APPELLATE COURT OF ILLINOIS, FIRST DISTRICT, THIRD DIVISION
523 N.E.2d 122, 168 Ill. App. 3d 994, 119 Ill. Dec. 654 1988.IL.520
Appeal from the Circuit Court of Cook County; the Hon. Sophia H. Hall, Judge, presiding.
JUSTICE McNAMARA delivered the opinion of the court. WHITE, P.J., and RIZZI, J., concur.
DECISION OF THE COURT DELIVERED BY THE HONORABLE JUDGE MCNAMARA
Plaintiff Michael Cohen filed for administrative review with the Illinois Civil Service Commission (Commission) after he was laid off from his position with the Illinois Department of Employment Security . The Commission upheld his termination. Plaintiff's complaint named as defendants the Commission, IDES, and the Illinois Central Management Services. The trial court upheld the Commission's ruling and plaintiff appeals.
Plaintiff was employed by IDES as a hearings supervisor. He began his service with this agency as a hearings referee in 1972 and was promoted to hearings supervisor in 1979. Both positions held by plaintiff were within the benefit appeals division of the agency. As the result of a decreased agency budget, plaintiff was officially laid off on May 31, 1986.
Plaintiff appealed his termination to the Commission on June 5, 1986. In a letter to the executive secretary of the Commission, plaintiff stated that he had been laid off in contravention of section 8b.13 of the Personnel Code, which provides that in determining who should be laid off, for layoffs by reason of lack of funds or work, consideration must be given to one's performance record, seniority, and the impact on achieving equal employment opportunity goals. (Ill. Rev. Stat. 1985, ch. 127, par. 63b.108b.13.) Plaintiff contended that seniority was not taken into consideration in light of the fact that he had more seniority than at least two other hearings supervisors in the appeals division.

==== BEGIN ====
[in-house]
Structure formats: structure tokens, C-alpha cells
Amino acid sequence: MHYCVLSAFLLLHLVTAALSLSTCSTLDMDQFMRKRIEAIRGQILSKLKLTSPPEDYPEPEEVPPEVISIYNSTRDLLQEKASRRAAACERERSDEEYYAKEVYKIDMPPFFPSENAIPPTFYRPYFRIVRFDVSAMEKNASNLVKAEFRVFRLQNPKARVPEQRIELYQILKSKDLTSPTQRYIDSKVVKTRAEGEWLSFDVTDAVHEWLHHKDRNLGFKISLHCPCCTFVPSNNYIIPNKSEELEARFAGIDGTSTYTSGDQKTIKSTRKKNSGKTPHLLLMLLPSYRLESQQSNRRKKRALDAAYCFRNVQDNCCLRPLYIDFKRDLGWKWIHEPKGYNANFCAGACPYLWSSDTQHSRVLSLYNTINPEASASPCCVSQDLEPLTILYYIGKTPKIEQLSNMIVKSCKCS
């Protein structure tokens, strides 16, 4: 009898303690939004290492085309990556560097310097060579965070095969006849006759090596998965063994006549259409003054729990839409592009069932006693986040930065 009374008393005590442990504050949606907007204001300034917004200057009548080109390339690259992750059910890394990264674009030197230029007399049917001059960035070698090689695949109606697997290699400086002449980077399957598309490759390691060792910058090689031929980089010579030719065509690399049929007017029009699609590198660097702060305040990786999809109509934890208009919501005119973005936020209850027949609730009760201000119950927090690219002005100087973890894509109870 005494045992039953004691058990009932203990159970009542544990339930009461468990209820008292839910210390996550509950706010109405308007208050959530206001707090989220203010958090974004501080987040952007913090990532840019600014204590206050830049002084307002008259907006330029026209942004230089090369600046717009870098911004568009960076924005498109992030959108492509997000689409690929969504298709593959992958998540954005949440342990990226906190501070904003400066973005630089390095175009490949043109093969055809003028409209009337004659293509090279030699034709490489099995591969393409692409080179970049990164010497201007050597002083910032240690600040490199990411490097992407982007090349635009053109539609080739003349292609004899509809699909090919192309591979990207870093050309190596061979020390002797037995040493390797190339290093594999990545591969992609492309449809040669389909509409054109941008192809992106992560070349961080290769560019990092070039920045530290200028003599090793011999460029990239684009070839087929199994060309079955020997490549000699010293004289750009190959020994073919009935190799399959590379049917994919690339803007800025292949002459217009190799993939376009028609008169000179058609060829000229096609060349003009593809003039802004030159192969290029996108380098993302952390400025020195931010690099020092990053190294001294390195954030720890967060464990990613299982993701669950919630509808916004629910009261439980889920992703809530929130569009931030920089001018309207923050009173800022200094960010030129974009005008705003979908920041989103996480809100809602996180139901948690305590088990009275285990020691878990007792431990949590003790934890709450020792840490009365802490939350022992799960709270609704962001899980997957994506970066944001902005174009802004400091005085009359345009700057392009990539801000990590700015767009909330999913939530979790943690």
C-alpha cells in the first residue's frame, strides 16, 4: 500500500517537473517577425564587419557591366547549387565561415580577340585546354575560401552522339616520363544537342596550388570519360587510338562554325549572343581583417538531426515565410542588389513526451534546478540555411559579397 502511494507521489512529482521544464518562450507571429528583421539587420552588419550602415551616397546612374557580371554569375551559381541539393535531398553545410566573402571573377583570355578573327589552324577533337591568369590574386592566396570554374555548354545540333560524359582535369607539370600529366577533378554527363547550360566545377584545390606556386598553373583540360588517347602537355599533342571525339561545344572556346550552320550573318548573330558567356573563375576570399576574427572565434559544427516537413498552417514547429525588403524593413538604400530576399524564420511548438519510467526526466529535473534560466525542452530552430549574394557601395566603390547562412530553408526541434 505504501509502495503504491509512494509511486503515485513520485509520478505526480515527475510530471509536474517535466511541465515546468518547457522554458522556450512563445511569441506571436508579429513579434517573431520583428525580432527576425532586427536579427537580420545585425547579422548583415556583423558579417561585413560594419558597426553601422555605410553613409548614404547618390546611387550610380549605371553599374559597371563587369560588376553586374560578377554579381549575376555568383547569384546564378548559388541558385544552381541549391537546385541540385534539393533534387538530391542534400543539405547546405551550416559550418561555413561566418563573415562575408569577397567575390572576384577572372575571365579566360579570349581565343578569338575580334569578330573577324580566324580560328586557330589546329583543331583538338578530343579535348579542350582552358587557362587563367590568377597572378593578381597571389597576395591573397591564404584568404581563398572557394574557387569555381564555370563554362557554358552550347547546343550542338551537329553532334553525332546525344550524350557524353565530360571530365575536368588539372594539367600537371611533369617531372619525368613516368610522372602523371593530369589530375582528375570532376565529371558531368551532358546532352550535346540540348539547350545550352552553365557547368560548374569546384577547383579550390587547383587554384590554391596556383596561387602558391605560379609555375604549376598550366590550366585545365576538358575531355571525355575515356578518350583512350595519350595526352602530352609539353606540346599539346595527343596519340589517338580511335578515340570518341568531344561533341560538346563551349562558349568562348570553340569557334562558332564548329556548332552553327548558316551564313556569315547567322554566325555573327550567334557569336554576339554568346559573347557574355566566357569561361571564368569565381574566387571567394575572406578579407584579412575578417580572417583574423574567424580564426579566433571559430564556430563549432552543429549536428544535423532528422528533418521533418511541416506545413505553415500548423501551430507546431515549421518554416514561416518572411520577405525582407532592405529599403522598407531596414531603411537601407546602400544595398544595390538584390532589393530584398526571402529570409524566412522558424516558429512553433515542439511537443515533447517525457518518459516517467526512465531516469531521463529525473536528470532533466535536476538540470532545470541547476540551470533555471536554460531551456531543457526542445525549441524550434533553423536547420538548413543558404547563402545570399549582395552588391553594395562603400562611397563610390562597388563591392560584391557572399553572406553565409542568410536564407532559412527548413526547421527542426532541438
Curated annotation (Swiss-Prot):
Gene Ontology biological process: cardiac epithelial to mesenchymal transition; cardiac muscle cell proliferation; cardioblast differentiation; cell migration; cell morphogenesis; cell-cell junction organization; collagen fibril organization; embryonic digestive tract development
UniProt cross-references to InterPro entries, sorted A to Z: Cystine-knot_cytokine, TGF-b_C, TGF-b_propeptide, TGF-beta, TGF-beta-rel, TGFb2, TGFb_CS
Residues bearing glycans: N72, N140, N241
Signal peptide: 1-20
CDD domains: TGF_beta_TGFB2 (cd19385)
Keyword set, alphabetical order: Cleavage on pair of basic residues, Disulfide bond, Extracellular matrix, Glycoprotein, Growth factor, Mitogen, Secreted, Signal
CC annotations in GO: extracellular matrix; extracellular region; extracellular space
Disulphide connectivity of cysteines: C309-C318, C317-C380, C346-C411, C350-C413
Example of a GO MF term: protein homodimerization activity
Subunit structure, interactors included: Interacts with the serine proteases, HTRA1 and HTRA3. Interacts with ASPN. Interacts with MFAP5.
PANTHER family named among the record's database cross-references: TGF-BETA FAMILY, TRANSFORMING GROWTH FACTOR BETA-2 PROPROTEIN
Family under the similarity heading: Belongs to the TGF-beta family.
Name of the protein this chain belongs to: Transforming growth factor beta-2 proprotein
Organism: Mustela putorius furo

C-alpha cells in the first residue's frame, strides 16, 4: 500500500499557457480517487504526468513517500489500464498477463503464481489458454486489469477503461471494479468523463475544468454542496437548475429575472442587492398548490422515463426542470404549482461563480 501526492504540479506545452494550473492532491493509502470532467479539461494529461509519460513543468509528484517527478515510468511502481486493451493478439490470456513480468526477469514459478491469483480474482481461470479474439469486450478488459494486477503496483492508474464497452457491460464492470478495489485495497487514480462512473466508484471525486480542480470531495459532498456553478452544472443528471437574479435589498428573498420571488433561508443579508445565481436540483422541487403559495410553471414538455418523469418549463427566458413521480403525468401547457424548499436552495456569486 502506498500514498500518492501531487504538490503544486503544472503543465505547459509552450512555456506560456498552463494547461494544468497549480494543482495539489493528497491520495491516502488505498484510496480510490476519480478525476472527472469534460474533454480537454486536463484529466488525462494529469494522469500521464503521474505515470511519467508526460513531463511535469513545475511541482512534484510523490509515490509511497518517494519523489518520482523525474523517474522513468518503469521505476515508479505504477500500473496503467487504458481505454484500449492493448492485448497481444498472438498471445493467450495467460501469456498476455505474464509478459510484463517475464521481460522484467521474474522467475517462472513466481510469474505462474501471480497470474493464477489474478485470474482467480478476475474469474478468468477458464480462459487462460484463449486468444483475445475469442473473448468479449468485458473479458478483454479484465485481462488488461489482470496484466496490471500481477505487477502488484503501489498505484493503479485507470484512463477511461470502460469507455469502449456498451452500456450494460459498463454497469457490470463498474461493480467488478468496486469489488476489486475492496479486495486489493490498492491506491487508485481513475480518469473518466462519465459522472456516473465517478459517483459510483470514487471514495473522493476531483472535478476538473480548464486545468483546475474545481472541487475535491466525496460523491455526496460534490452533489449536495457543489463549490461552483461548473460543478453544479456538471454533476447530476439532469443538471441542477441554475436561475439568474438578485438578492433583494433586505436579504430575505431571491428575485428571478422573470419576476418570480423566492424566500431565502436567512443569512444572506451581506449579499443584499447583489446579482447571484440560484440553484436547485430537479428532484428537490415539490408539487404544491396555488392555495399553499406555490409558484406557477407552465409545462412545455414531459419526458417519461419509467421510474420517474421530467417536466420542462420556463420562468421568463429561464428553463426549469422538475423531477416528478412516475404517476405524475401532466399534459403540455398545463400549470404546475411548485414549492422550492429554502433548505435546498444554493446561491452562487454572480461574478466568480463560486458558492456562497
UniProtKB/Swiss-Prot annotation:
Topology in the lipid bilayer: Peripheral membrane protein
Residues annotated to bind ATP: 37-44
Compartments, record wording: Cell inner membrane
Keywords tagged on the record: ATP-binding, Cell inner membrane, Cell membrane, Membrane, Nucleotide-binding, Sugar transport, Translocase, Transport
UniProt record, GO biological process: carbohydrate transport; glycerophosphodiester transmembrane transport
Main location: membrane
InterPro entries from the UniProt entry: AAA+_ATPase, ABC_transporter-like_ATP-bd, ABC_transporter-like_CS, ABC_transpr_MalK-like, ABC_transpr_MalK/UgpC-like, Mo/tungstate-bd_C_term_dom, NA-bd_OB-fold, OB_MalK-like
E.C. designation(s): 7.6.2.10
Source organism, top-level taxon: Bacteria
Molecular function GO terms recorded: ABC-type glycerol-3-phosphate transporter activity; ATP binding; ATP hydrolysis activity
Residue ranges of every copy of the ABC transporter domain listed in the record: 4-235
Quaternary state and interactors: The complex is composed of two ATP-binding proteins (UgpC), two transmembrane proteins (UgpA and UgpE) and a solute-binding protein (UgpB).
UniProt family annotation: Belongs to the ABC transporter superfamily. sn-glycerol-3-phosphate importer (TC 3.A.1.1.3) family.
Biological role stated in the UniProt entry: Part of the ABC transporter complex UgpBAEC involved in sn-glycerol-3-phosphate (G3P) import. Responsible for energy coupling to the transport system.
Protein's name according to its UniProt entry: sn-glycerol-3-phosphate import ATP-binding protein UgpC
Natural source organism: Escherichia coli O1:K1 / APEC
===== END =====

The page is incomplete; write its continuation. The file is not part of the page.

On December 4, 1986, Gail Bradshaw, manager of human resource management for IDES, responded to plaintiff's challenge stating that it was the position of IDES that plaintiff was laid off in accordance with the provisions of the Personnel Code. Bradshaw stated in a letter to the executive secretary of the Commission that the hearings supervisors less senior to plaintiff were in different and separate units of the organization within the appeals division and that the layoff plan was implemented by the units of organization in seniority order of the positions targeted. Bradshaw further stated that plaintiff's unit, the "suburban unit," operated as an official and separate entity within the organization of the appeals division with specific responsibilities different from those of the other units of the organization. Bradshaw also stated that the supervisory position in plaintiff's unit of the organization was subjected to layoff due to a decrease in the workload of that unit.